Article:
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Pitfalls for practitioners 6

The record is not written for sharing

The Access to Personal Files Act 1987, now replaced by the Data Protection Act 1998, gave individuals the right to see information recorded in their social work record, after the date of the introduction of the Act, with some provisions to safeguard vulnerable individuals.

Research following the introduction of the Access to Personal Files Act 1987 found a varied and at time confused response to the Act from practitioners and local authorities (1).

Although many documents and reports are now routinely shared with service users, for example child protection conference reports and reports for reviews, user access to files has been regarded with a high level of suspicion by some practitioners (2).

Parallels can be drawn between the involvement of families in record keeping and the attitude of some professionals when parental attendance at child protection conferences was initially proposed. It was thought that the involvement of parents would limit the freedom of professionals to contribute to the conference, undermining its ability to protect children. In fact experience has shown quite clearly that the involvement of parents has improved the contribution conferences can make to protecting children (3).

A number of research studies have highlighted the benefits of user involvement in recording. They found that users welcomed the opportunity to see their records and to correct any factual inaccuracies (4). Sharing records strengthened partnerships between practitioners and users. It provided an opportunity to clarify issues with families. Practitioners were able to check their perception of issues and events with the family, resulting in an increased mutual understanding of issues and needs (5). It is not expected that children and families will always see eye to eye with practitioners and agencies. However, the record should be open to scrutiny and comment by the family and any areas of disagreement noted.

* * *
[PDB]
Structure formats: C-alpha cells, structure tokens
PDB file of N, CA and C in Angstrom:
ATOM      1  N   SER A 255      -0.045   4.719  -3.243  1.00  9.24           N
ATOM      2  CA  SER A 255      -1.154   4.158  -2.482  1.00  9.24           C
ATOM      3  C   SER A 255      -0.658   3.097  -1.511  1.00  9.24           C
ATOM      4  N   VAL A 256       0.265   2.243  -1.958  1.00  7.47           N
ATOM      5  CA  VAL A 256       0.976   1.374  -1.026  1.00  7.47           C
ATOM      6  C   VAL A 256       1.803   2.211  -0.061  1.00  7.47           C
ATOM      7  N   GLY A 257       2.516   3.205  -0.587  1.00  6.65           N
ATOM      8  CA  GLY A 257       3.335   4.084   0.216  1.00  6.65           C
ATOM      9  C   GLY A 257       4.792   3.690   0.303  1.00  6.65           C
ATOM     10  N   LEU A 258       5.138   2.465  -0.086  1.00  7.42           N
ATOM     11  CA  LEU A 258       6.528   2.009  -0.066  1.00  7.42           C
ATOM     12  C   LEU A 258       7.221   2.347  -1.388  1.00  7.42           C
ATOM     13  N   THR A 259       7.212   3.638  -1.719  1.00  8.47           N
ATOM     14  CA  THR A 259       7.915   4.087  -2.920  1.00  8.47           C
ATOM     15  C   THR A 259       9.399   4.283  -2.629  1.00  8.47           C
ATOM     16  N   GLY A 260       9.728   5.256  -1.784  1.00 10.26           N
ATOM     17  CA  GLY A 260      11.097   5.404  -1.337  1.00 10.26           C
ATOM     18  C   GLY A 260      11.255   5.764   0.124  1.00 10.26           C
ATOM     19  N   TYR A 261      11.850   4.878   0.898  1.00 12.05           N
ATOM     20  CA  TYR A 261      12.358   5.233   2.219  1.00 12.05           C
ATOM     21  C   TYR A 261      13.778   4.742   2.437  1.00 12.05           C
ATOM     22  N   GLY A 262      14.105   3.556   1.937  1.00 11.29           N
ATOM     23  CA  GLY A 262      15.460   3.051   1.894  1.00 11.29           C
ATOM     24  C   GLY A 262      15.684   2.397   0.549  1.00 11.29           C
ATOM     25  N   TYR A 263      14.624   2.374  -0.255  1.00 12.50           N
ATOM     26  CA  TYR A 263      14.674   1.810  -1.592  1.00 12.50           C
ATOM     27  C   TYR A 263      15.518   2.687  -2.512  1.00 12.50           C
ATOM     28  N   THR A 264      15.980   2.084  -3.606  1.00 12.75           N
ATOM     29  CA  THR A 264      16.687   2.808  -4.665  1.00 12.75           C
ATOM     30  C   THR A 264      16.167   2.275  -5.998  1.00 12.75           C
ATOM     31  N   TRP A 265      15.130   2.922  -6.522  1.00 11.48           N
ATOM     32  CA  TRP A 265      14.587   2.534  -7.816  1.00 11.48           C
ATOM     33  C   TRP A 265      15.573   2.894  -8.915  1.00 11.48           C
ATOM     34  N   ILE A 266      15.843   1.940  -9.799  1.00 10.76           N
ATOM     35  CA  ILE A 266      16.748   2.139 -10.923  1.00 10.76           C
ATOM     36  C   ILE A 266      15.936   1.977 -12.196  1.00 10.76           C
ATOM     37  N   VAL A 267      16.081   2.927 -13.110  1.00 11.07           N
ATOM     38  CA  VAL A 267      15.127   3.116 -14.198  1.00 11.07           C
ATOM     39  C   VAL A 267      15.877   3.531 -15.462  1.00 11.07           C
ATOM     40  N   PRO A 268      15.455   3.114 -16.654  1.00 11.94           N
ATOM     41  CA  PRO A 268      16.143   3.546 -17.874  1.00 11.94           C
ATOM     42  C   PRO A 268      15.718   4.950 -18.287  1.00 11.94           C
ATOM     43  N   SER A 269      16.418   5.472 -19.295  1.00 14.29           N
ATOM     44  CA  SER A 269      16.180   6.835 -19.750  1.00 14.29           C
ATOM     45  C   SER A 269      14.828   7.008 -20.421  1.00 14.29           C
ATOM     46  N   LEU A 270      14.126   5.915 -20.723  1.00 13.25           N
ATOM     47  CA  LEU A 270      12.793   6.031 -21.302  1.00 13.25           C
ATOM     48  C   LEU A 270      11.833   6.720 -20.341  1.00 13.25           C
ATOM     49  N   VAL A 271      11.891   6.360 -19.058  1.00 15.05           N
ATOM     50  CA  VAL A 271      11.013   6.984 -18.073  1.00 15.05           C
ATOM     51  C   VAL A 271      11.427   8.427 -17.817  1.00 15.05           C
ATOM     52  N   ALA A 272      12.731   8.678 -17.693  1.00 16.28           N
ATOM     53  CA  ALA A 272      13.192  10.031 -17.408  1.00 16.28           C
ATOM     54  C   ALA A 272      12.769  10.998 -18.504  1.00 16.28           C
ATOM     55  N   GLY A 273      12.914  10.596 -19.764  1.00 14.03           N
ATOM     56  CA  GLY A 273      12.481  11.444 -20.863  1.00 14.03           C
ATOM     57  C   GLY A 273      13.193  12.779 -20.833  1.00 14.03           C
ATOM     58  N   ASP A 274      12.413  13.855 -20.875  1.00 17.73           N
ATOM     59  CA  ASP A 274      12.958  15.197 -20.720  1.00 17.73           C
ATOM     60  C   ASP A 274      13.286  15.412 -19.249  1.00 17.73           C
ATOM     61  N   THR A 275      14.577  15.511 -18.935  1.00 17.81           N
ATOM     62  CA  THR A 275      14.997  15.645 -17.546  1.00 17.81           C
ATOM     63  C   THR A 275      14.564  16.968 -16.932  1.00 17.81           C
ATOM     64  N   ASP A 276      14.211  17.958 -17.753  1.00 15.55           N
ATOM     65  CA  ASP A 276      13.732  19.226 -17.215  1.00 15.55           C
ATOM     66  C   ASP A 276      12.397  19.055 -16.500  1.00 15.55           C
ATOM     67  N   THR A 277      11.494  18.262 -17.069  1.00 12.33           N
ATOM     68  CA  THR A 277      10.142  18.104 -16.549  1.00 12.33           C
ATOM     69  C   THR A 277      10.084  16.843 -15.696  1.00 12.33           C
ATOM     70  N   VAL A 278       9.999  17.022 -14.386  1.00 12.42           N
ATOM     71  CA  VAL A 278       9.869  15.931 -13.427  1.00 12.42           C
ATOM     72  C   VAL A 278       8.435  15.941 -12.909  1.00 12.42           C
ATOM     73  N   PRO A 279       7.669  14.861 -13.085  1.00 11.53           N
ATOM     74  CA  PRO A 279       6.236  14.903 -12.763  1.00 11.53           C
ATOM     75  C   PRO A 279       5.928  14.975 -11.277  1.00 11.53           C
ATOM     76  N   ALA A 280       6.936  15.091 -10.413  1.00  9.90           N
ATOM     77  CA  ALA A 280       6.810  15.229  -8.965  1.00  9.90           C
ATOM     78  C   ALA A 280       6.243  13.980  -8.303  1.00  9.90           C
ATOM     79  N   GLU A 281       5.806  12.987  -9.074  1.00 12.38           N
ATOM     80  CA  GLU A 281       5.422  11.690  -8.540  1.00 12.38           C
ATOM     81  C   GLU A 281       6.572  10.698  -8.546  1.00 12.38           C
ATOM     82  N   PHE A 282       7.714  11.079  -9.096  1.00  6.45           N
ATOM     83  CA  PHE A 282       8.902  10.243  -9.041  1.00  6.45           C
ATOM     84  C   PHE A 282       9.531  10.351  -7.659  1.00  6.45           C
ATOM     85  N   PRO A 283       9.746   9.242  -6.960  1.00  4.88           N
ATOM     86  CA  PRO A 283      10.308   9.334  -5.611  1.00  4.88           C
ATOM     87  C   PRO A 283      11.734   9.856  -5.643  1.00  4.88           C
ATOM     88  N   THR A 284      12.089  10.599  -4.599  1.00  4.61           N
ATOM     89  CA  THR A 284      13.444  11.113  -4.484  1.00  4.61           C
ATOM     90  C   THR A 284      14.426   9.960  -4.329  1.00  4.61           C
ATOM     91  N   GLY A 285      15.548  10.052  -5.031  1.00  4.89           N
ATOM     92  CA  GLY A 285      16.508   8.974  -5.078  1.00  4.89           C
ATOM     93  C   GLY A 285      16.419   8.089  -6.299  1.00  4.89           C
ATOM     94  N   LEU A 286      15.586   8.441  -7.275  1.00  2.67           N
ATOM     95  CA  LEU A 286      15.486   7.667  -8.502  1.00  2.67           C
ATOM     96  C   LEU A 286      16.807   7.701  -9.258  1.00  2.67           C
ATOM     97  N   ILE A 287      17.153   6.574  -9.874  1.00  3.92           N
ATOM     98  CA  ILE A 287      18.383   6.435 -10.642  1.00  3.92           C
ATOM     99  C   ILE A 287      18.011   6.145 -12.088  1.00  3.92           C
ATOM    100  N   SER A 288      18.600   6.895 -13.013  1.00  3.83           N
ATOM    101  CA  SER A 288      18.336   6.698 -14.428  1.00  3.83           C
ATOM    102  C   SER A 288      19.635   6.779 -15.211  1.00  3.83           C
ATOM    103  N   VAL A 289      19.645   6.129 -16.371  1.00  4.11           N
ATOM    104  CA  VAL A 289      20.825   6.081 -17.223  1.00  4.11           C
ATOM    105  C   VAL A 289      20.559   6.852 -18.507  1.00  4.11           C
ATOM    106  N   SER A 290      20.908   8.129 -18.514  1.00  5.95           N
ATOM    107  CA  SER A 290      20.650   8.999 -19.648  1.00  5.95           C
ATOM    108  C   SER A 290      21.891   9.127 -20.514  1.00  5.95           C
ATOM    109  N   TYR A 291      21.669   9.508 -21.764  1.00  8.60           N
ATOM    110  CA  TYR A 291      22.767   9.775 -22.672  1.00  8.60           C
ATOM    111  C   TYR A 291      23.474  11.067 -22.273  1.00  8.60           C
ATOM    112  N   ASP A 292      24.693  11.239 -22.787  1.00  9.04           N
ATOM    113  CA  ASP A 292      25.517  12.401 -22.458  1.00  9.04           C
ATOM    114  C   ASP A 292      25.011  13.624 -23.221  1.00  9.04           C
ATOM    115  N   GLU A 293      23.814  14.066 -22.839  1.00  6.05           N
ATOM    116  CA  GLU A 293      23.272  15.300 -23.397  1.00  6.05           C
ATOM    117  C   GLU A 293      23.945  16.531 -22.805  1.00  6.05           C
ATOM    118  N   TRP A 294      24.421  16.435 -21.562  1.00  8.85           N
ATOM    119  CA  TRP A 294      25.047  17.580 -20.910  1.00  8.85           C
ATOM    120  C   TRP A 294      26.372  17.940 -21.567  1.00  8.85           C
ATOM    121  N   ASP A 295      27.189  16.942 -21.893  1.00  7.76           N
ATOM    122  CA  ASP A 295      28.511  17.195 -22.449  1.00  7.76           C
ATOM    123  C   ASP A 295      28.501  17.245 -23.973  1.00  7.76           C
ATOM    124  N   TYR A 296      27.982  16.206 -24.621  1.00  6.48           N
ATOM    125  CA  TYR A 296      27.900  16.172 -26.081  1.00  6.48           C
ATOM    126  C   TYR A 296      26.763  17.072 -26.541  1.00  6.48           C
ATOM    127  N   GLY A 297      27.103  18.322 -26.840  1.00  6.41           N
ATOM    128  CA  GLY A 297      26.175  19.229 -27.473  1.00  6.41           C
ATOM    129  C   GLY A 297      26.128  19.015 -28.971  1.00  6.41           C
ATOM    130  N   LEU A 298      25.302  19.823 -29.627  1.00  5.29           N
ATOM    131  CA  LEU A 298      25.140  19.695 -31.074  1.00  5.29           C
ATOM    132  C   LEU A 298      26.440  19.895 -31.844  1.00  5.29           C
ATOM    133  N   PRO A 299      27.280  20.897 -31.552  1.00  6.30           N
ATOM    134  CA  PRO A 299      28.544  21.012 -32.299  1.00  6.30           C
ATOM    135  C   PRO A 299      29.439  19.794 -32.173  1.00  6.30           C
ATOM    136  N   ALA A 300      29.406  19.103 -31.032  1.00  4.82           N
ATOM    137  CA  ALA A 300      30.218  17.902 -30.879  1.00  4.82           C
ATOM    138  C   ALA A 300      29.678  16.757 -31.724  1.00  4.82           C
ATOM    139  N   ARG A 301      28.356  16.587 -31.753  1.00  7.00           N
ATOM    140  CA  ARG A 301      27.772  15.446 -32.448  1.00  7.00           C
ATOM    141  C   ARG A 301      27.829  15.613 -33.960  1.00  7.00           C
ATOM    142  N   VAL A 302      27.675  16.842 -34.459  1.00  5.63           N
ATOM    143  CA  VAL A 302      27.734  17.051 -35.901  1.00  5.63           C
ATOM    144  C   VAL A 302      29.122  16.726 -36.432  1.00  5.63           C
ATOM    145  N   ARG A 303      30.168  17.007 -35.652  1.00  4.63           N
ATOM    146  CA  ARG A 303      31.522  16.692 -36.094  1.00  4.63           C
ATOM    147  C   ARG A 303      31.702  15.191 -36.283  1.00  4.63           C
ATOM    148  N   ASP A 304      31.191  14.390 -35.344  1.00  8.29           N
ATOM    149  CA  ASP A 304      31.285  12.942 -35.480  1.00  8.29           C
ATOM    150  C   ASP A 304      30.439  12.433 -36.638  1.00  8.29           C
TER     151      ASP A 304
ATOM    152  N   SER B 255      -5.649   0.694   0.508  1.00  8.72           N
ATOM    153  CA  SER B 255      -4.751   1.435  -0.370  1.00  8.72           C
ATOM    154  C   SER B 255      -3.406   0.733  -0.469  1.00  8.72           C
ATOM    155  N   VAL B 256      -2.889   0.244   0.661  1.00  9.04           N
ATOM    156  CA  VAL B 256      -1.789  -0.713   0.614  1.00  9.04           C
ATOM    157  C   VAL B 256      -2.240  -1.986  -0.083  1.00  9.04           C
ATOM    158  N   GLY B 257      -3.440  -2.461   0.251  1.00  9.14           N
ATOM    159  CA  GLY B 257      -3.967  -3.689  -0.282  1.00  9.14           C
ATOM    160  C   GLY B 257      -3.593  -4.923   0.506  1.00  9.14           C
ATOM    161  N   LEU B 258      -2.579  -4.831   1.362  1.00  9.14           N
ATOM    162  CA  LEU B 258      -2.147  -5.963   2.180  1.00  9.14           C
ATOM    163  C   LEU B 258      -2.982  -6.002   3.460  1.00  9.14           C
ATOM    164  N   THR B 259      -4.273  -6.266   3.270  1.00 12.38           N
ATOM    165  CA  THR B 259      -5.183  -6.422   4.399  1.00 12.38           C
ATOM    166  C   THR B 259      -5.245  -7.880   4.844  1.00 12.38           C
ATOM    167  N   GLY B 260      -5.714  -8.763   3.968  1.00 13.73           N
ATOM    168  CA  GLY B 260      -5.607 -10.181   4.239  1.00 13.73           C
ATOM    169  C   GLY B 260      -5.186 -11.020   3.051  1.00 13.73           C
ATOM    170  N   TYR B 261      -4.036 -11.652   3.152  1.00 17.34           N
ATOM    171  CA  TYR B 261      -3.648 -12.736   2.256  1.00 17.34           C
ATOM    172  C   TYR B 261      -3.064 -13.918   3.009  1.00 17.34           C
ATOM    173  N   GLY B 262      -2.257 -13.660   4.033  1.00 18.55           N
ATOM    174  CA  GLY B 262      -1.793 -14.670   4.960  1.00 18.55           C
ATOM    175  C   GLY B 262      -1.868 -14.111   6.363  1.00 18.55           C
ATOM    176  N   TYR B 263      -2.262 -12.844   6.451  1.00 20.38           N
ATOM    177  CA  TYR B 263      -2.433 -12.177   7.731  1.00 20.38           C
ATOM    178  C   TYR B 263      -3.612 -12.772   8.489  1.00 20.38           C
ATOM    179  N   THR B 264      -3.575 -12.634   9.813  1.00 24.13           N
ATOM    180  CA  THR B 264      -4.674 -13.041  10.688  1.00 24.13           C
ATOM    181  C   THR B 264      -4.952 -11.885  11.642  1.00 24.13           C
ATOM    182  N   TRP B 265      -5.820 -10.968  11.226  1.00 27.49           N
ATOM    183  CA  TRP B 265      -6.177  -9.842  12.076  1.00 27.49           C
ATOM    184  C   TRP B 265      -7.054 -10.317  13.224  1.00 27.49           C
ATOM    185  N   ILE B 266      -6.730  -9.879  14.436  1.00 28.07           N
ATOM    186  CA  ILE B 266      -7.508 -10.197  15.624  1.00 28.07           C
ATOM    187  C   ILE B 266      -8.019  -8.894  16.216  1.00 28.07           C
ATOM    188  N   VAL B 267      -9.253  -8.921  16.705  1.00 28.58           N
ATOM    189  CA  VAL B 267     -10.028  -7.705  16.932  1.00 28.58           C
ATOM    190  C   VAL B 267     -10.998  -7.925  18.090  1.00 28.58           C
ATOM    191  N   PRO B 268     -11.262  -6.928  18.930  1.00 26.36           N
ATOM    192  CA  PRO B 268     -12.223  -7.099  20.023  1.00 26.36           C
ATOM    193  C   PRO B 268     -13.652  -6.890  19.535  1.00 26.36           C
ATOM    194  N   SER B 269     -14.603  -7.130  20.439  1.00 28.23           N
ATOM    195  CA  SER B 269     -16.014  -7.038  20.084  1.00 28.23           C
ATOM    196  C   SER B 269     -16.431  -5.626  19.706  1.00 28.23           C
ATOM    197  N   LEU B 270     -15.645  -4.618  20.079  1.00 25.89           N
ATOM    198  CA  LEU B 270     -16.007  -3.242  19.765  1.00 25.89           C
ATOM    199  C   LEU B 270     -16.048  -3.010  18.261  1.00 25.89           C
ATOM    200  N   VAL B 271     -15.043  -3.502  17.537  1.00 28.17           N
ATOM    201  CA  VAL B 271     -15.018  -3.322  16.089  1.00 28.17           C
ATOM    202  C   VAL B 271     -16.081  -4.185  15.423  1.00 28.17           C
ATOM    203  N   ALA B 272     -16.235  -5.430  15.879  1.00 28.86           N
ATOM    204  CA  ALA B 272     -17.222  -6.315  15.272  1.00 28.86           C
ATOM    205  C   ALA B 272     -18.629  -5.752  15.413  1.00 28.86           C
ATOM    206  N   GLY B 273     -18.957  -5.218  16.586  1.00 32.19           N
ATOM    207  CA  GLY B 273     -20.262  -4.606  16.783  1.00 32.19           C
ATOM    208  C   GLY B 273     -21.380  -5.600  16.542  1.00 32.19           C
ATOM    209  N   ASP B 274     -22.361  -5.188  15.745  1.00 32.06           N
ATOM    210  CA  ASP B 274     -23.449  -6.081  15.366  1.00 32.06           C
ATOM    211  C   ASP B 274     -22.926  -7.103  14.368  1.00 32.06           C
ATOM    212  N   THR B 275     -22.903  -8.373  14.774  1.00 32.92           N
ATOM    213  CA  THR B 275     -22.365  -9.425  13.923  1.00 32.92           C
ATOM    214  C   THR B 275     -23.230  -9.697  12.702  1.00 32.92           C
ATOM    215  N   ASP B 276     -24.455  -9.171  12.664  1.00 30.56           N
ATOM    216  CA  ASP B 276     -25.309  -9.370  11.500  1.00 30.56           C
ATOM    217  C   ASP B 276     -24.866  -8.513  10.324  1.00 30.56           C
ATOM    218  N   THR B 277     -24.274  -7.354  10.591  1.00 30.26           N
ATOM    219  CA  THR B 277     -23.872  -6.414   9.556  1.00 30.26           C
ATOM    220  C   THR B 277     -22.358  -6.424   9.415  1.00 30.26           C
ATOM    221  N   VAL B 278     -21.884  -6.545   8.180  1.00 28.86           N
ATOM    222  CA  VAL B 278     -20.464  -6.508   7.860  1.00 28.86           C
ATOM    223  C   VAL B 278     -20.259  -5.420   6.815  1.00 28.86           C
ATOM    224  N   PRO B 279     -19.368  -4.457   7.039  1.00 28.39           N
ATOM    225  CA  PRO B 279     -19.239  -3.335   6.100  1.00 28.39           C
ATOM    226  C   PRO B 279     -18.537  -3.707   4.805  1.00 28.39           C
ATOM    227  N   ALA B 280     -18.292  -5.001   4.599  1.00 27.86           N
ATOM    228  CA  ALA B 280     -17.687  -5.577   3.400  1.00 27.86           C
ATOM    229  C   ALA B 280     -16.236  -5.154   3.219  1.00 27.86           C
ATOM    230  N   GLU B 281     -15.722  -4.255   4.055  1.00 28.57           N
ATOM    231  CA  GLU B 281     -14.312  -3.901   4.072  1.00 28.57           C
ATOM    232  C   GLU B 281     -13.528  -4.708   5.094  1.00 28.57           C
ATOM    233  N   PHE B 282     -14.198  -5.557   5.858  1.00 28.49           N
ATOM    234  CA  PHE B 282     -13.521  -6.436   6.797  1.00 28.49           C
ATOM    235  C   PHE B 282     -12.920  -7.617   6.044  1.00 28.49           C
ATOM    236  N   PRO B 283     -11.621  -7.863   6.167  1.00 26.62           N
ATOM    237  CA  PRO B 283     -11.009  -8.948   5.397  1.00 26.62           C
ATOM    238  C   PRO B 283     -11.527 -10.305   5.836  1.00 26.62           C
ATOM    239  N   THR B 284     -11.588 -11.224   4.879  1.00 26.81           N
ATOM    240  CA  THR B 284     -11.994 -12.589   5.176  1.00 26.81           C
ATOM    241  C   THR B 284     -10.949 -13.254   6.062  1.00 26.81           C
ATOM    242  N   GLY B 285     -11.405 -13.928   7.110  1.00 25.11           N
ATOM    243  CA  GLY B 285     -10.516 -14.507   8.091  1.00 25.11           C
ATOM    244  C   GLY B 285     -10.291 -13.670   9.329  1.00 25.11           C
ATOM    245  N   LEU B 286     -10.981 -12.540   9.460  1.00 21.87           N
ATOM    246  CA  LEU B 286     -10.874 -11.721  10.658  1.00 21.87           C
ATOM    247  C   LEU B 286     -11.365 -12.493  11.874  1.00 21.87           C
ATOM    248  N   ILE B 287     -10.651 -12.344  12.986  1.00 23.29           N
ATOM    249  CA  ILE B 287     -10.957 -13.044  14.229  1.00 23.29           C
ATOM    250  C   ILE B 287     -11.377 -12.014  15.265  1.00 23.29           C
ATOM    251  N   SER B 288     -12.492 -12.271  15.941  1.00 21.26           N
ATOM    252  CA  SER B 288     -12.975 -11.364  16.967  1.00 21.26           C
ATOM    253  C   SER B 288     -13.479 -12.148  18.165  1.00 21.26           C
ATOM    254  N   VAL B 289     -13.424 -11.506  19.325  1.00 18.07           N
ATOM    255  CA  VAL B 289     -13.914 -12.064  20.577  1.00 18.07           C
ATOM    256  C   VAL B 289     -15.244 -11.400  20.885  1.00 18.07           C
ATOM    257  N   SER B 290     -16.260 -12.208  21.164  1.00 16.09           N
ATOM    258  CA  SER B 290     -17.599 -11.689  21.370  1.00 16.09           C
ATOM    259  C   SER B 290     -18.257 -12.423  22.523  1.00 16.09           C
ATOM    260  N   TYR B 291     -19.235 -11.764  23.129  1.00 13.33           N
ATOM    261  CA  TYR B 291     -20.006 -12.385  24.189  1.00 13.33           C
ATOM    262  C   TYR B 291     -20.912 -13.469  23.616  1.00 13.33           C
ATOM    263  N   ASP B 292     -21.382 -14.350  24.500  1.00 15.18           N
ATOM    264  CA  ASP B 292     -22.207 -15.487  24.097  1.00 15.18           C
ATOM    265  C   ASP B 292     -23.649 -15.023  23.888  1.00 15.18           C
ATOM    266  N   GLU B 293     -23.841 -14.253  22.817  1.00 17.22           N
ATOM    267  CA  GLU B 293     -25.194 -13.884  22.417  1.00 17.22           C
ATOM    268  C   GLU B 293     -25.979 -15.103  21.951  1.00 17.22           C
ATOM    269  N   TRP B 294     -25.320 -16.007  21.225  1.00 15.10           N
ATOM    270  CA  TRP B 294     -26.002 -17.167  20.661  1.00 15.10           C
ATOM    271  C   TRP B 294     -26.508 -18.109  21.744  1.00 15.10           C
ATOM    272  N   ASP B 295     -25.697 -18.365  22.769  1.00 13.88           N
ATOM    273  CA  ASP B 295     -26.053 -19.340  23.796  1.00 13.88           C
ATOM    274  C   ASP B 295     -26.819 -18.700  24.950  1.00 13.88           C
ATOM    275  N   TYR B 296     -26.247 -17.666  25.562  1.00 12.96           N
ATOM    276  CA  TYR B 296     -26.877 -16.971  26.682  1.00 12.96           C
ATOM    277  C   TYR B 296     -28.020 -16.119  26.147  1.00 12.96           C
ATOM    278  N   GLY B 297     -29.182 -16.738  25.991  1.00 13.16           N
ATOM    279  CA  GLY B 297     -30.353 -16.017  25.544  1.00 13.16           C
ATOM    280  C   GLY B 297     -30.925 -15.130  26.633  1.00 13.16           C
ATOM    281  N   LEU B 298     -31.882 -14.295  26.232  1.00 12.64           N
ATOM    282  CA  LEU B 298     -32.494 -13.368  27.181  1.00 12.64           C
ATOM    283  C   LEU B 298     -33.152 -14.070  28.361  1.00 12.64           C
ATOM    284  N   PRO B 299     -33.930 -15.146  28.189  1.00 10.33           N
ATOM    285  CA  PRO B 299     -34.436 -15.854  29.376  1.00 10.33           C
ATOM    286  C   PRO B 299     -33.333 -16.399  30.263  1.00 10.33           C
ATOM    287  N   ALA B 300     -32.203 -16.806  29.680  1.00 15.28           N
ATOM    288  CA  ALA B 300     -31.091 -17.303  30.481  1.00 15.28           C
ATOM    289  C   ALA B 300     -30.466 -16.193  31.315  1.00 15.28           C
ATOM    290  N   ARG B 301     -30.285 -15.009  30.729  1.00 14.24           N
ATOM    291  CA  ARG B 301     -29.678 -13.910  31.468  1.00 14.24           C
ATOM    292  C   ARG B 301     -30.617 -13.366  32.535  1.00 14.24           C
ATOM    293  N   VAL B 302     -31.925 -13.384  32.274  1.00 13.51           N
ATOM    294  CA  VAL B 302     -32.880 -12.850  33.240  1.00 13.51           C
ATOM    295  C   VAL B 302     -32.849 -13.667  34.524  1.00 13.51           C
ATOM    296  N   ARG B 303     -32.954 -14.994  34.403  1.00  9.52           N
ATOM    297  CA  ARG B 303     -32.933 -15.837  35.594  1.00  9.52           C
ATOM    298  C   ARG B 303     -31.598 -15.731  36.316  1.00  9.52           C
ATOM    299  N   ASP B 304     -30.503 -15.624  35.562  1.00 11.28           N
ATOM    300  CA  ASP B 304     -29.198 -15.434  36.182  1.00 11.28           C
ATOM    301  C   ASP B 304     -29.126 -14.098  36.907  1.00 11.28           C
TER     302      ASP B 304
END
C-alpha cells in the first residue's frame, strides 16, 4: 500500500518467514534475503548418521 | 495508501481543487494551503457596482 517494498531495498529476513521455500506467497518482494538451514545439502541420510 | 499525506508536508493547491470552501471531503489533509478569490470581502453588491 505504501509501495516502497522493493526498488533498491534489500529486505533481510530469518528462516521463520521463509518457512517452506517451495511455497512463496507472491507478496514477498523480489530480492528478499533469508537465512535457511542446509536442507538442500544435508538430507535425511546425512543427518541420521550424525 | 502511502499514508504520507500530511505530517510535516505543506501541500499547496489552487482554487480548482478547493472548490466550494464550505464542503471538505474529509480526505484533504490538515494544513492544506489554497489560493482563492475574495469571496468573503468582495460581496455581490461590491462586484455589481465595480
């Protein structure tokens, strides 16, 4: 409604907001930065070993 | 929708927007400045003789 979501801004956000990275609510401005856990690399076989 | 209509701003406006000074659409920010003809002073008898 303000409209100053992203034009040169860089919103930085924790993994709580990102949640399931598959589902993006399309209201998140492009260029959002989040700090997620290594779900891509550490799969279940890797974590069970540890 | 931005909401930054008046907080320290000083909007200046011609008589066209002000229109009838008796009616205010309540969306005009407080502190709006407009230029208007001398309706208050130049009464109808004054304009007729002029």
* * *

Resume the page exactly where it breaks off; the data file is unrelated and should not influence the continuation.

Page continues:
Practitioners involved in open recording have reported that the involvement of service users improved their record keeping. Recording was more factual, focused and opinions were more likely to be substantiated (6).

Avoid the pitfall

  • Use plain language not jargon
  • Provide families with a copy of your agency's access to records policy and explain it to them
  • Share early drafts of assessments, plans and reports with the family to enable you to incorporate the family's views in the final document.
  • Provide the family with copies of the final assessment, plan or report
  • Share your recording as you go along
  • Encourage the family to contribute to the record


Try Recording Exercise 6: Avoiding Oppressive Recording

Review your files using Audit Sheet 6 (Microsoft Word format). 


1. Ovreveit J (1986) Improving Social Work Records and Practice. BASW, Birmingham.

2. Ovreveit J (1986) Improving Social Work Records and Practice. BASW, Birmingham.

3. Thoburn  J, Lewis A and Shemmings D (1995) Paternalism or Partnership? Family Involvement in the Child Protection Process. HMSO, London.

4. Raymond Y. (1989) Empowerment in Practice. Clients views on seeing records: themes emerging from twelve interviews with clients. Practice 1: 5-23.

5. Cornwall N (1990) On the Record and Open to Question. Social Work Today. 18.1.90: 28-29. Prince K (1996) Boring Records? Communication Speech and Writing in Social Work. Jessica Kingsley, London.

6. Shemmings D (1991) Client Access to Records: Participation in Social Work. Avebury/Gower, Aldershot.

By Steve Walker, David Shemmings and Hedy Cleaver
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